> done in wrong secondary hash chain.

I can't confirm this since I don't have 10 sockets in my primary hash
chain at the moment...

> This also potentially breaks multiple connect() to change remote
> endpoints, because old source address might be non usable for packets to
> new destination.
> 
> If route happens to change, then we should automatically change our
> source address too, at next sendmsg() call, and UDP code deals with this
> just fine.
> 
> If an application needs to specify a precise source address, it must use
> bind() system call. connect() man page only refers to remote address,
> not local one.

Is this really the right thing to do?  Linux has been doing this forever,
right?  Just like BSD has done it forever.  The way I've always "cleared"
a local address is to set the address family to AF_UNSPEC on the next
connect() call, as mentioned on the man page.  I just want to make sure
we're not changing something just to work around a broken application,
sendto()/sendmsg() work perfect in this case by not setting the local address.

BTW, it seems as though the reason this might only happen sometimes is
that if the first connect() is to 127.0.0.1, you won't be able to then
try and connect to say, 192.168.1.1.  If you first connect() to a remote
address things will probably just work.

My possibly wrong $.02

-Brian
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David Miller - Sept. 8, 2010, 3:34 a.m.
From: Brian Haley <brian.haley@hp.com>
Date: Tue, 07 Sep 2010 22:34:59 -0400

> Is this really the right thing to do?  Linux has been doing this forever,
> right?  Just like BSD has done it forever.

Indeed, I checked for this in Stevens volume 2 when I reviewed
Eric's patch, the logic is identical.

> The way I've always "cleared" a local address is to set the address
> family to AF_UNSPEC on the next connect() call, as mentioned on the
> man page.  I just want to make sure we're not changing something
> just to work around a broken application, sendto()/sendmsg() work
> perfect in this case by not setting the local address.
> 
> BTW, it seems as though the reason this might only happen sometimes is
> that if the first connect() is to 127.0.0.1, you won't be able to then
> try and connect to say, 192.168.1.1.  If you first connect() to a remote
> address things will probably just work.

Actually I have enough doubts about this too.  So I'm going to hold
off on the patch until we sort this out.

As Eric stated, sendmsg() on raw and UDP sockets pick the source
address based upon the bound or looked up route anyways.  But still
I think something still might end up being not-kosher with Eric's
change.

More so, I suspect, the issue is simply that the ordering of events
is simply inconvenient for the secondary hash implementation :-)
The port bind happens before the source address is bound, and that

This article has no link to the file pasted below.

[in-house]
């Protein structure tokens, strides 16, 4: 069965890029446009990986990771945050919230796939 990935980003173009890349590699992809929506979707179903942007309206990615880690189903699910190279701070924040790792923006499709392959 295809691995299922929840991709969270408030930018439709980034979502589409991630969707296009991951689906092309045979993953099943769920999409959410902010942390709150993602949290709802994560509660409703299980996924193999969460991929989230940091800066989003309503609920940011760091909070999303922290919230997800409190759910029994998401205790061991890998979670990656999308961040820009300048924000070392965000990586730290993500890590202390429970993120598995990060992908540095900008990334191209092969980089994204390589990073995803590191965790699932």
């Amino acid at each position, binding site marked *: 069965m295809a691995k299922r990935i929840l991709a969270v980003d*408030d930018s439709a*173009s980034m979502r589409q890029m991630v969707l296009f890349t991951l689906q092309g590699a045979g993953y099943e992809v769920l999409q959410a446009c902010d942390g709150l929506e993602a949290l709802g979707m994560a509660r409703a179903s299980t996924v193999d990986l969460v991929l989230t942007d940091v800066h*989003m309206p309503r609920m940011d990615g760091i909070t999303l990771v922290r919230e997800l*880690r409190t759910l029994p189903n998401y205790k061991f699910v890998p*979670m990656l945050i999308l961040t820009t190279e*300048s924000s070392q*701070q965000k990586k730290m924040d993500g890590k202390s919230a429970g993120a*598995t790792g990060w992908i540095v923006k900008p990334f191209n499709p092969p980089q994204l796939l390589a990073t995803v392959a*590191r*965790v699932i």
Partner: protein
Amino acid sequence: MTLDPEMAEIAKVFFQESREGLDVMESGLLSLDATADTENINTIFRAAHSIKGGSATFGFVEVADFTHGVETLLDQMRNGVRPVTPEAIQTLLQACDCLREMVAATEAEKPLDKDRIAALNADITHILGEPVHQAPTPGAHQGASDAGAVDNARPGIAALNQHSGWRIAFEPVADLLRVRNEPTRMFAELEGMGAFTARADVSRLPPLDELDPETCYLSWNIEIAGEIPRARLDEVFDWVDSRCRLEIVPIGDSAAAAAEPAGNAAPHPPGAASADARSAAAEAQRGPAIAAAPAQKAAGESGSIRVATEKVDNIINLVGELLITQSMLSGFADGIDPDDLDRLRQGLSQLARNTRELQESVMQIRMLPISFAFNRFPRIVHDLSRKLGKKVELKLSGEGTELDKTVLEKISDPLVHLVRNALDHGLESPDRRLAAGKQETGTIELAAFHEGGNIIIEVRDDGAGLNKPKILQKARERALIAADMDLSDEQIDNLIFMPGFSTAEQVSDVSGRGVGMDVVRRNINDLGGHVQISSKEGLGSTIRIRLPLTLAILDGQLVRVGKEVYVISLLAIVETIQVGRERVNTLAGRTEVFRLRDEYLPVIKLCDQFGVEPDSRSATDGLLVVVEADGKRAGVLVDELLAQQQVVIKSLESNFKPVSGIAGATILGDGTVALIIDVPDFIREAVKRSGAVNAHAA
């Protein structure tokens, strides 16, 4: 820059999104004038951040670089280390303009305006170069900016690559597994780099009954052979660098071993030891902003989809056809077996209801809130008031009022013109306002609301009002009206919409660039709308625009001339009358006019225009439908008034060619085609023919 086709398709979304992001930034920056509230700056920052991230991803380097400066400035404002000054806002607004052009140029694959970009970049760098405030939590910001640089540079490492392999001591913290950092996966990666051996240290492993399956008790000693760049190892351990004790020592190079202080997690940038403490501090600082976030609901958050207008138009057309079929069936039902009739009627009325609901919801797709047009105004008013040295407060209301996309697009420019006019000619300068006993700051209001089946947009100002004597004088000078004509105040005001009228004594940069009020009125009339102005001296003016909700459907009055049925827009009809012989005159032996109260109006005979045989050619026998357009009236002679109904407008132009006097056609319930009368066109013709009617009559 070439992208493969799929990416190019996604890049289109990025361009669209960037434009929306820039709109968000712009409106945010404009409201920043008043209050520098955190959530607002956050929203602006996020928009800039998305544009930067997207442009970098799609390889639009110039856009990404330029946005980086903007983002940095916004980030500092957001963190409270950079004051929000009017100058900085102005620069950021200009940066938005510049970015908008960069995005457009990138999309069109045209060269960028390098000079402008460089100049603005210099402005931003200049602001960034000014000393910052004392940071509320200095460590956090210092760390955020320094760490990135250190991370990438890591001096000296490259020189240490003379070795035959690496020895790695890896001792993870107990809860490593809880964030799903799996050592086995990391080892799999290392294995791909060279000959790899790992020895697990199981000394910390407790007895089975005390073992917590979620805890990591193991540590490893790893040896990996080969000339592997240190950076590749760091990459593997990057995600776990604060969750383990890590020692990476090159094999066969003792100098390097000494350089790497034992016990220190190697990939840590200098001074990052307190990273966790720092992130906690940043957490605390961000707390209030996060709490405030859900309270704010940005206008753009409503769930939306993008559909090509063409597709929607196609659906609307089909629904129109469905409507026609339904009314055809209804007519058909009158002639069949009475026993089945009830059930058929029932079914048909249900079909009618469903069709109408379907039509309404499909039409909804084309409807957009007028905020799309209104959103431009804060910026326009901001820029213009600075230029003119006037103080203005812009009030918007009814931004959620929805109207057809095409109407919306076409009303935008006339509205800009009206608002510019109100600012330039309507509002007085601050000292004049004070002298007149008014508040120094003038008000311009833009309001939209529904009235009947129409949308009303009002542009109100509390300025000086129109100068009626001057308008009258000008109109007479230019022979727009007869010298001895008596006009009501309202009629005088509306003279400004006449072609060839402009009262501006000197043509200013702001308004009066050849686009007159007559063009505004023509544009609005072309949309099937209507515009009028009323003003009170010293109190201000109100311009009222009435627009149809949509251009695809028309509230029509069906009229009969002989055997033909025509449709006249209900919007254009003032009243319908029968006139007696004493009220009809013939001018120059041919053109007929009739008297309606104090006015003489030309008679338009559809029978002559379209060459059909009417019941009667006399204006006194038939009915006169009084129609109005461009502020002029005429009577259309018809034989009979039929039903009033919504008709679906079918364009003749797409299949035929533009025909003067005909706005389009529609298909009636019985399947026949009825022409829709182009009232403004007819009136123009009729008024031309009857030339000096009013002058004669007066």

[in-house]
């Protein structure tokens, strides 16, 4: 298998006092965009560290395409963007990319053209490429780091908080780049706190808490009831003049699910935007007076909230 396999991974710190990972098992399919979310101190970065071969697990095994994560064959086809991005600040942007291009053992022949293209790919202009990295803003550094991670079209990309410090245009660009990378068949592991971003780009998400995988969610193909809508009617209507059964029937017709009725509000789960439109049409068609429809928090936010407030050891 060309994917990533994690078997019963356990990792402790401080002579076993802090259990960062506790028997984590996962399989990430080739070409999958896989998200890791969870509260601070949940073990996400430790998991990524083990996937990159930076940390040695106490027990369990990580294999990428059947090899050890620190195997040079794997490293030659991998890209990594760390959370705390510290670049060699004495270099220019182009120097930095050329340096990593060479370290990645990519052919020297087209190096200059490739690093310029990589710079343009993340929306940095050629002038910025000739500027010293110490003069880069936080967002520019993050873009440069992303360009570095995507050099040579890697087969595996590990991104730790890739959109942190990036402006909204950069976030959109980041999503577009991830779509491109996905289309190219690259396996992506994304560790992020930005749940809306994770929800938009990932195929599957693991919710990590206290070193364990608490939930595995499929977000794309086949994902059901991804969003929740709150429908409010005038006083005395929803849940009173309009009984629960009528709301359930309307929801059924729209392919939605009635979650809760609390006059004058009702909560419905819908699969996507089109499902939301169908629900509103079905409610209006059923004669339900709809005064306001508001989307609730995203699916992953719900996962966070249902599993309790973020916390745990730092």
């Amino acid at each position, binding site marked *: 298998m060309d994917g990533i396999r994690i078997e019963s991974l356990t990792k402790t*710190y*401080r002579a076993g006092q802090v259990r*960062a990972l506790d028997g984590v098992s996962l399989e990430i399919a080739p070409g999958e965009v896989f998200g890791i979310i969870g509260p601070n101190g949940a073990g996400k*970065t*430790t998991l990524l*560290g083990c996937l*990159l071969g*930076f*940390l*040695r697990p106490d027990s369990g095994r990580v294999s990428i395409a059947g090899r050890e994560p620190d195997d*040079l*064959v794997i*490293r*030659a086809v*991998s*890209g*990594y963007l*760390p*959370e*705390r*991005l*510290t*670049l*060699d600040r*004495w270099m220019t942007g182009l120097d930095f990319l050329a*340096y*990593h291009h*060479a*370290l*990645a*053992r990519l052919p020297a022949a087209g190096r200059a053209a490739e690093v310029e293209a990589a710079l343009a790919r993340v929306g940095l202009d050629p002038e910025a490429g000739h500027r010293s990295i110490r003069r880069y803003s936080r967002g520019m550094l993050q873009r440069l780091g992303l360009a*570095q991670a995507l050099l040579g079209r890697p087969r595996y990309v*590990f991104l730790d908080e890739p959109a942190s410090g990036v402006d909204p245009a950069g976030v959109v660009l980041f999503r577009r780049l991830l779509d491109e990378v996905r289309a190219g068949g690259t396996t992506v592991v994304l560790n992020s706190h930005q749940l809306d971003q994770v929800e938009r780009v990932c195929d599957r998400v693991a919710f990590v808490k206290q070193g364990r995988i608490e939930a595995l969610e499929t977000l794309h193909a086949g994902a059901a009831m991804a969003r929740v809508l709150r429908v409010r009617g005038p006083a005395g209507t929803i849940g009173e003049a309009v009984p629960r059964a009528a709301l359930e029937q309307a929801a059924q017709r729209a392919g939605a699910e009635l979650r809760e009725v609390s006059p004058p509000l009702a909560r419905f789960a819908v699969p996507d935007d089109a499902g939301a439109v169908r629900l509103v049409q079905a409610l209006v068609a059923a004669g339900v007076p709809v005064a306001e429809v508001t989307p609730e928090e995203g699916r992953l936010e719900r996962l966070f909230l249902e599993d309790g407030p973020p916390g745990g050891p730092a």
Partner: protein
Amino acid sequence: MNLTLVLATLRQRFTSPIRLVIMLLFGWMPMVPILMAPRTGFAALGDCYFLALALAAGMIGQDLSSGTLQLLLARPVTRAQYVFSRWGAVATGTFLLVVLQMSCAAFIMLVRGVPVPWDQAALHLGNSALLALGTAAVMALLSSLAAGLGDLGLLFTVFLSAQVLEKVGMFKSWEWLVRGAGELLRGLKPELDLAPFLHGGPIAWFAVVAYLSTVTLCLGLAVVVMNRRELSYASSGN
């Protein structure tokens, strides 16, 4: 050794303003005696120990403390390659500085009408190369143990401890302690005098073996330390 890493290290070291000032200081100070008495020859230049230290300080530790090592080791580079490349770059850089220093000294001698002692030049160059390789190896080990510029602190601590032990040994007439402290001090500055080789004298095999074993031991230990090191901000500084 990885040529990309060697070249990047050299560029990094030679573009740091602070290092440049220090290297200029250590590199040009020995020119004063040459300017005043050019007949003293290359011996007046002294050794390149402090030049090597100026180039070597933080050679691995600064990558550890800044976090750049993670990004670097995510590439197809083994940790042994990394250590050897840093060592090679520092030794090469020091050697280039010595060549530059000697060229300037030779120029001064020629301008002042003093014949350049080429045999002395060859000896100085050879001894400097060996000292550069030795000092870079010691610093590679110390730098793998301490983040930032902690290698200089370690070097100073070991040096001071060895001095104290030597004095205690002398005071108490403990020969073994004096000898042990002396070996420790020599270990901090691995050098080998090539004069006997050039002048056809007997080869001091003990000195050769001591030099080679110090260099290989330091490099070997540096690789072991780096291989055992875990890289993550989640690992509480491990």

is what screws everything up.

In this sense leaving the source addresses at INADDR_ANY is just a
workaround for the secondary hash table :-)
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Eric Dumazet - Sept. 8, 2010, 4:42 a.m.
Le mardi 07 septembre 2010 à 20:34 -0700, David Miller a écrit :
> From: Brian Haley <brian.haley@hp.com>
> Date: Tue, 07 Sep 2010 22:34:59 -0400
> 
> > Is this really the right thing to do?  Linux has been doing this forever,
> > right?  Just like BSD has done it forever.
> 
> Indeed, I checked for this in Stevens volume 2 when I reviewed
> Eric's patch, the logic is identical.
> 
> > The way I've always "cleared" a local address is to set the address
> > family to AF_UNSPEC on the next connect() call, as mentioned on the
> > man page.  I just want to make sure we're not changing something
> > just to work around a broken application, sendto()/sendmsg() work
> > perfect in this case by not setting the local address.
> > 

Problem is AF_UNSPEC always clears the remote address (as stated in
manual), and sometimes local one (as not stated)

if (!(sk->sk_userlocks & SOCK_BINDADDR_LOCK))
	inet_reset_saddr(sk);

This is the workaround that was coded years ago in Linux to undo the
local addr setting ;)


Following program produces this output :

local addr=0x7f000001 sin_port=37877
after connect(AF_UNSPEC) local addr=0x0 sin_port=0
local addr=0x7f000001 sin_port=37877
after connect(AF_UNSPEC) local addr=0x7f000001 sin_port=0



#include <stdlib.h>
#include <unistd.h>
#include <sys/socket.h>
#include <arpa/inet.h>
#include <string.h>
#include <stdio.h>

int main(int argc, char *argv[])
{
	int fd;
	struct sockaddr_in target, me;
	socklen_t len;

	if ((fd = socket(AF_INET, SOCK_DGRAM, IPPROTO_UDP)) == -1) {
		perror("socket");
		return 1;
	}
	memset(&target, 0, sizeof(target));
	target.sin_family = AF_INET;
	target.sin_port = 123;
	target.sin_addr.s_addr = htonl(0x7f000001);
	if (connect(fd, (const struct sockaddr *)&target, sizeof(target)) == -1) {
		perror("connect");
		close(fd);
		return 2;
	}
	len = sizeof(me);